Long-time readers of this blog probably know that I am fascinated by how the internet and mobile technologies are changing people's lives, particularly with regard to how content and data are generated and consumed (and paid for). This week's links all touch on that topic.
First, a fascinating post about "big data" and some of the ethical questions it raises. As an old school relational database geek, I initially had a hard time with his assertion that "you decide what data is about the moment you define its schema," because I have always tried to make schemas that accurately capture the full meaning of the data I'm storing- that gives you more flexibility in the queries you can later support, i.e., does exactly what he is arguing is new about big data. However, I do give a lot of attention to defining the scope, and leaving something out of scope would mean that you couldn't easily ask a question of the data about it later. Also as databases get really big, you often flatten out relationships and optimize at least a set of summary tables for fast queries, and in doing that you must choose what sorts of queries you're going to optimize. So in the end, I decided I agreed with his argument.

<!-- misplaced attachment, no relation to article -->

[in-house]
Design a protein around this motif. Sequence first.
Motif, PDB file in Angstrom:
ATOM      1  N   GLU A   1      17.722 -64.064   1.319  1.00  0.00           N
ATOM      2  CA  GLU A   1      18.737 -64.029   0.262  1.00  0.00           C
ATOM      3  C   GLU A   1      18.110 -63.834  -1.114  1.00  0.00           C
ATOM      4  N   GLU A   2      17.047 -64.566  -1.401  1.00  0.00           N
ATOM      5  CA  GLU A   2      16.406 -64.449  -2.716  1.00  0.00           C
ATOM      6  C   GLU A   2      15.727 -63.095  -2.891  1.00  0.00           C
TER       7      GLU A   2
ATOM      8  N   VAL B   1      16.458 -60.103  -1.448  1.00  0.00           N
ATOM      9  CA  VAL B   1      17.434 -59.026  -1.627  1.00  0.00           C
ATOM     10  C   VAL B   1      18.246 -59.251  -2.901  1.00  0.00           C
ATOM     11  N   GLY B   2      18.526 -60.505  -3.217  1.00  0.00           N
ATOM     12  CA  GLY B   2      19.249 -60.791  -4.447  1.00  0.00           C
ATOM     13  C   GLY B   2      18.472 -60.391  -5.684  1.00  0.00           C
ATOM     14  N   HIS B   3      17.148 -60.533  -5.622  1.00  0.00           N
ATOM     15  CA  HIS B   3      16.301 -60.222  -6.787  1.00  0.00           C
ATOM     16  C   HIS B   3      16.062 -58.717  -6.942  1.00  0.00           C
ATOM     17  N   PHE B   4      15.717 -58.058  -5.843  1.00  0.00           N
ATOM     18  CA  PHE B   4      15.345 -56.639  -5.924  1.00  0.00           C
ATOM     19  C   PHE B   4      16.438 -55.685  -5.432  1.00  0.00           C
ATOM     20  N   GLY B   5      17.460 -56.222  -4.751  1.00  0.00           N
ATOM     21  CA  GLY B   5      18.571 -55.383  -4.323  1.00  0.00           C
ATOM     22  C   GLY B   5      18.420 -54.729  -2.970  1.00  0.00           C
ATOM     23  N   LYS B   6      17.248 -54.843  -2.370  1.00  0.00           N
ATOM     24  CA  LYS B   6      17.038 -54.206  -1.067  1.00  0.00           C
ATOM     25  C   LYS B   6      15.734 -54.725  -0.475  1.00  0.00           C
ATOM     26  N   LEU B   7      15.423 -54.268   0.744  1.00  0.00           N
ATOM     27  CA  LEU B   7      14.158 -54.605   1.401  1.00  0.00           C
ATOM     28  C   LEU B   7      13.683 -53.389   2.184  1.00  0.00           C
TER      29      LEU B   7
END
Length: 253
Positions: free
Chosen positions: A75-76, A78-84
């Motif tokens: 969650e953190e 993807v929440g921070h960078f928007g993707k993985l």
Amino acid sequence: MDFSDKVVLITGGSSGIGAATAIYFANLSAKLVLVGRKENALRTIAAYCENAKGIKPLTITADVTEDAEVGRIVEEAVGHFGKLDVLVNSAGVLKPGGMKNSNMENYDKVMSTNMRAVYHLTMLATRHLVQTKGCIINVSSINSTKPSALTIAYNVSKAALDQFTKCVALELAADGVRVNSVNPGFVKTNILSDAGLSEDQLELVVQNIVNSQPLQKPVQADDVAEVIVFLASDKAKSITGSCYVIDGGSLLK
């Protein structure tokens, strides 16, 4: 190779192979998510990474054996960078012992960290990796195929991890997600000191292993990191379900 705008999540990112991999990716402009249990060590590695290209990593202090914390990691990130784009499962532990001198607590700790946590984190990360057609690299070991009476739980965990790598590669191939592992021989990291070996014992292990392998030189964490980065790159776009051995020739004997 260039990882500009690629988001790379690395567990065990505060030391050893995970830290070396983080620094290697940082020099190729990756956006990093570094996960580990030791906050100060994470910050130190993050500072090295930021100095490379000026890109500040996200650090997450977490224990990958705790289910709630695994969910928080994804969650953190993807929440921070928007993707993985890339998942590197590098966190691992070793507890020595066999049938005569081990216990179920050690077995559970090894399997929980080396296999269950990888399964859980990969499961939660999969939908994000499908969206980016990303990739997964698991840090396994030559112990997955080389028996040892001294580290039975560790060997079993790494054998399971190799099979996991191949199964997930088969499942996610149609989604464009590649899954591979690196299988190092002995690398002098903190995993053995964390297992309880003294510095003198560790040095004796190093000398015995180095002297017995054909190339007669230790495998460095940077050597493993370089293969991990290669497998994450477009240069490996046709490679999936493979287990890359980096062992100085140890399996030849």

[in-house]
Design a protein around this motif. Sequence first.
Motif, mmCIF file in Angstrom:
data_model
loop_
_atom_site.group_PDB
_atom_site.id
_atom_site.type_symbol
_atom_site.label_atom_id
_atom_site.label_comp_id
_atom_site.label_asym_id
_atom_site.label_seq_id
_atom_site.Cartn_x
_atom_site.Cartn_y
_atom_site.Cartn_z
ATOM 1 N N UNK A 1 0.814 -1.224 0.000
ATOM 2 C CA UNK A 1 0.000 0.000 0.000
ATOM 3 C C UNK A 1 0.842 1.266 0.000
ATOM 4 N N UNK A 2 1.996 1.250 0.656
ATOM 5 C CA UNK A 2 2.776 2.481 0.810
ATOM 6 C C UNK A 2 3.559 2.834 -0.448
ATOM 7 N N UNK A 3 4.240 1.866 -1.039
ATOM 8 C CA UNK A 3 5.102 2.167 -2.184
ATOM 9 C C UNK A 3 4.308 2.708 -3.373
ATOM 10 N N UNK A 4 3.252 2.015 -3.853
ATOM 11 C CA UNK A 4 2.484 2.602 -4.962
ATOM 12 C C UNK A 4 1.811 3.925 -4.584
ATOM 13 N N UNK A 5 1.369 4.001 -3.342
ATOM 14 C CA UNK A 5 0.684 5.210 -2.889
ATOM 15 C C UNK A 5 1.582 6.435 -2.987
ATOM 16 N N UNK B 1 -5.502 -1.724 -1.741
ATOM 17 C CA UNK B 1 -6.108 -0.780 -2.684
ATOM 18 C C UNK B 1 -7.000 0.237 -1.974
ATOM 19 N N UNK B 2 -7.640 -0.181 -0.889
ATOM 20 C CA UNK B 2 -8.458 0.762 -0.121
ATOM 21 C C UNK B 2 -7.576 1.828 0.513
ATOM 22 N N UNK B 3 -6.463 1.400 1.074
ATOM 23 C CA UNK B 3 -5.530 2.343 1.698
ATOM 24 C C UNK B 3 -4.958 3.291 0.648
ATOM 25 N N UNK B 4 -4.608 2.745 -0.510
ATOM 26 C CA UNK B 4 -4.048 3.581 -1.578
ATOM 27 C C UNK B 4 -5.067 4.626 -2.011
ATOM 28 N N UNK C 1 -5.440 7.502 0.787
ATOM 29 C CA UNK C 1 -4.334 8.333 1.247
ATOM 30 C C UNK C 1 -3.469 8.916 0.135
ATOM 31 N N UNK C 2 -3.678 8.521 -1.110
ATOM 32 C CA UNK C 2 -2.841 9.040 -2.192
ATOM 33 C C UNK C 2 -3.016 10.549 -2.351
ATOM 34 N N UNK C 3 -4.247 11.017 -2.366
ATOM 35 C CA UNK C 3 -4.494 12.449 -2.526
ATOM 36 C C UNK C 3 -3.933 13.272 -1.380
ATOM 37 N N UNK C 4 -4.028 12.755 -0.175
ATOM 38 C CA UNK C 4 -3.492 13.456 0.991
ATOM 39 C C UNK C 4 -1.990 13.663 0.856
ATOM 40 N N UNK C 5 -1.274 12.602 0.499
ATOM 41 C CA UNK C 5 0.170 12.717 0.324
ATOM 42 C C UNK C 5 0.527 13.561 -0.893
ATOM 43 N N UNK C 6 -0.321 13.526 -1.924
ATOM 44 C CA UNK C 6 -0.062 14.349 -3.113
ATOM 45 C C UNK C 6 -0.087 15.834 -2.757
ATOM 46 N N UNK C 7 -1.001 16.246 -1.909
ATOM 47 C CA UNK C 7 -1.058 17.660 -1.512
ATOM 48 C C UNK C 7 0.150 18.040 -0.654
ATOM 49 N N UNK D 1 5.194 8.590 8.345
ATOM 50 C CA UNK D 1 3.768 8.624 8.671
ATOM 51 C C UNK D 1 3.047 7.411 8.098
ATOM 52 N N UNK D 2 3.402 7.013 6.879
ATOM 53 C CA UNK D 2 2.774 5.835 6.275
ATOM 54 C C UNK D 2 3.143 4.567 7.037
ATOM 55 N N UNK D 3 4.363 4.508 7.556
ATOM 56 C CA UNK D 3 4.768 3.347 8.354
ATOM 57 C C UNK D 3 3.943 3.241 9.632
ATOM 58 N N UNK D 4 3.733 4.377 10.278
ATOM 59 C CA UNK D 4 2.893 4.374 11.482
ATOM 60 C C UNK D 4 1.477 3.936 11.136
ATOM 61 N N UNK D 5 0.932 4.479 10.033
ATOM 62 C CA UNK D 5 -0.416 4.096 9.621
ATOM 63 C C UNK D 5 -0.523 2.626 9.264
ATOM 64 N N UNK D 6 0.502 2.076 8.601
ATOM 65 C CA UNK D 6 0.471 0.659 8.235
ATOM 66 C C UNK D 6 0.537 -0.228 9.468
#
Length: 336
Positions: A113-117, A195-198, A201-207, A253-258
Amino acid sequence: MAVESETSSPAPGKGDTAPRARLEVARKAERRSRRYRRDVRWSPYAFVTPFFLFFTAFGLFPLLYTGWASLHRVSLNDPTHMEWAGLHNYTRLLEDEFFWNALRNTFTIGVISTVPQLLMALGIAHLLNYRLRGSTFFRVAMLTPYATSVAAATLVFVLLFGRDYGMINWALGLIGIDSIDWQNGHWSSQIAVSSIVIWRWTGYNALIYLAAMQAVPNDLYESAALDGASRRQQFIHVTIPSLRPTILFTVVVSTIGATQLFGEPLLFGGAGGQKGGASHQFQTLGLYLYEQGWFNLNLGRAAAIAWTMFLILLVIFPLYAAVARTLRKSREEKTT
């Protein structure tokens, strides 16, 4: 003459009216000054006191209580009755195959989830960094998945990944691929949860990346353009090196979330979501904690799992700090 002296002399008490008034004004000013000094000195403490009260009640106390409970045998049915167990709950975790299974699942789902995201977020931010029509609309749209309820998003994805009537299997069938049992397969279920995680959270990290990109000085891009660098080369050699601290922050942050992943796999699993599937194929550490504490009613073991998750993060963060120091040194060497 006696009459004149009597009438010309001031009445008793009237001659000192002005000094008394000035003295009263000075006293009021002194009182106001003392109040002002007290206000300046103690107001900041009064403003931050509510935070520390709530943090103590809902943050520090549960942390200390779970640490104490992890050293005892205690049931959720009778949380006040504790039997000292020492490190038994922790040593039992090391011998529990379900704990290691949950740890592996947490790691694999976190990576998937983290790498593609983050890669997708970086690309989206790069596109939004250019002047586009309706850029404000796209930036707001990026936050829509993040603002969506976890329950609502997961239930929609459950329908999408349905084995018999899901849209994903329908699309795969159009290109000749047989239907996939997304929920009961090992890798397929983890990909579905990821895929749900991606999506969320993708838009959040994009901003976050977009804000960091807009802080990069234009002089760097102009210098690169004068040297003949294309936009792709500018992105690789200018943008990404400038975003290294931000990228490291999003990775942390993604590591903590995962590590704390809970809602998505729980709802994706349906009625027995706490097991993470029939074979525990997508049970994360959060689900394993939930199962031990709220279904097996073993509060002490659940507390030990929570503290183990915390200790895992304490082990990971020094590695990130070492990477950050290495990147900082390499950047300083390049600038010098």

The above post links to a post on OKtrends about racial differences in preferences, based on an analysis of how people of different races describe themselves in online data profiles. This is also a fascinating post. Really, most of the posts on OKtrends are, in an almost creepy, "should I really be able to see this data?" sort of way.
Next, in a completely different vein, I found an interesting excerpt from a book by Mark Frauenfelder about how the fast-paced, daily posting environment of professional online media can cause problems. (Unsurprisingly, Irin Carmon, the blogger/journalist Frauenfelder excoriates, disagrees with his characterization of her work.) I think blogging and online media have really enabled more diverse stories to be told- but I also worry about how the need to drive clicks and the advertising-based payment model skews what gets written and how it gets spun.
I'll end on a happier note: as this post from Scalzi shows, new media can lead to some fun things, too.
Happy weekend, everyone!